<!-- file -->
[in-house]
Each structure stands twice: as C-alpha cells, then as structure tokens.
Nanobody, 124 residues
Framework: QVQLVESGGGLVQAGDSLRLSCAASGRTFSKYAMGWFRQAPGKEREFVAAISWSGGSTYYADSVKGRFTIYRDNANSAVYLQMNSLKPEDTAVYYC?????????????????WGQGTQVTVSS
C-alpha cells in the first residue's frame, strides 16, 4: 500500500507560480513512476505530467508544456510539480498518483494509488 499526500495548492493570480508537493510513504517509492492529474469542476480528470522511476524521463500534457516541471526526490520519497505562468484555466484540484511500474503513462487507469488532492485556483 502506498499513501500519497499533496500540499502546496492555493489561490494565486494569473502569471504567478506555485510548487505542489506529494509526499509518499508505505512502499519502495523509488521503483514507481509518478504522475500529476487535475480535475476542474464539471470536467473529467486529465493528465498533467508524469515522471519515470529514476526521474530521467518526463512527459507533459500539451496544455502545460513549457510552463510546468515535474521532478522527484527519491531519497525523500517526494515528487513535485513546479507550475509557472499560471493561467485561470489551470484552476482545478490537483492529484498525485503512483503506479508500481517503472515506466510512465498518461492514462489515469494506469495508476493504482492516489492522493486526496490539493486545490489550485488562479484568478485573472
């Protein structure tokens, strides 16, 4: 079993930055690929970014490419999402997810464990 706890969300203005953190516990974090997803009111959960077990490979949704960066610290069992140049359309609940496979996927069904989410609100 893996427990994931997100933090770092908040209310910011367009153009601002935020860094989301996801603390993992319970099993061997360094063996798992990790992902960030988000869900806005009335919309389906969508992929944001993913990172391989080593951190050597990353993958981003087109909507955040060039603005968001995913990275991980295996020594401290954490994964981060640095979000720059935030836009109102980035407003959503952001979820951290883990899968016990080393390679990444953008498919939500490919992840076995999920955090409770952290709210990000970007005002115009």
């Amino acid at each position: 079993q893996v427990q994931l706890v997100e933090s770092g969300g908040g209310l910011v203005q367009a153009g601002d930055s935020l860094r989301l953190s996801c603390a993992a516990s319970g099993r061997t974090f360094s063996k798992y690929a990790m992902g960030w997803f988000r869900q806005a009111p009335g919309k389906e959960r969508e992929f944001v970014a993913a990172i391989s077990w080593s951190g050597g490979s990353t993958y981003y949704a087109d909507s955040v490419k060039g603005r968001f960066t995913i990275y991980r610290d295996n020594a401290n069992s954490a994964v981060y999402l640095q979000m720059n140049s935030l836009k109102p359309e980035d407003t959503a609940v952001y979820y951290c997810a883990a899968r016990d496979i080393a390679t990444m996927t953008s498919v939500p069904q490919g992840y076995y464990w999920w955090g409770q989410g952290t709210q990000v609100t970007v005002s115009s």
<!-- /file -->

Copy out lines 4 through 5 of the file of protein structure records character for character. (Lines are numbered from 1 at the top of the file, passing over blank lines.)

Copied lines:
Framework: QVQLVESGGGLVQAGDSLRLSCAASGRTFSKYAMGWFRQAPGKEREFVAAISWSGGSTYYADSVKGRFTIYRDNANSAVYLQMNSLKPEDTAVYYC?????????????????WGQGTQVTVSS
C-alpha cells in the first residue's frame, strides 16, 4: 500500500507560480513512476505530467508544456510539480498518483494509488 499526500495548492493570480508537493510513504517509492492529474469542476480528470522511476524521463500534457516541471526526490520519497505562468484555466484540484511500474503513462487507469488532492485556483 502506498499513501500519497499533496500540499502546496492555493489561490494565486494569473502569471504567478506555485510548487505542489506529494509526499509518499508505505512502499519502495523509488521503483514507481509518478504522475500529476487535475480535475476542474464539471470536467473529467486529465493528465498533467508524469515522471519515470529514476526521474530521467518526463512527459507533459500539451496544455502545460513549457510552463510546468515535474521532478522527484527519491531519497525523500517526494515528487513535485513546479507550475509557472499560471493561467485561470489551470484552476482545478490537483492529484498525485503512483503506479508500481517503472515506466510512465498518461492514462489515469494506469495508476493504482492516489492522493486526496490539493486545490489550485488562479484568478485573472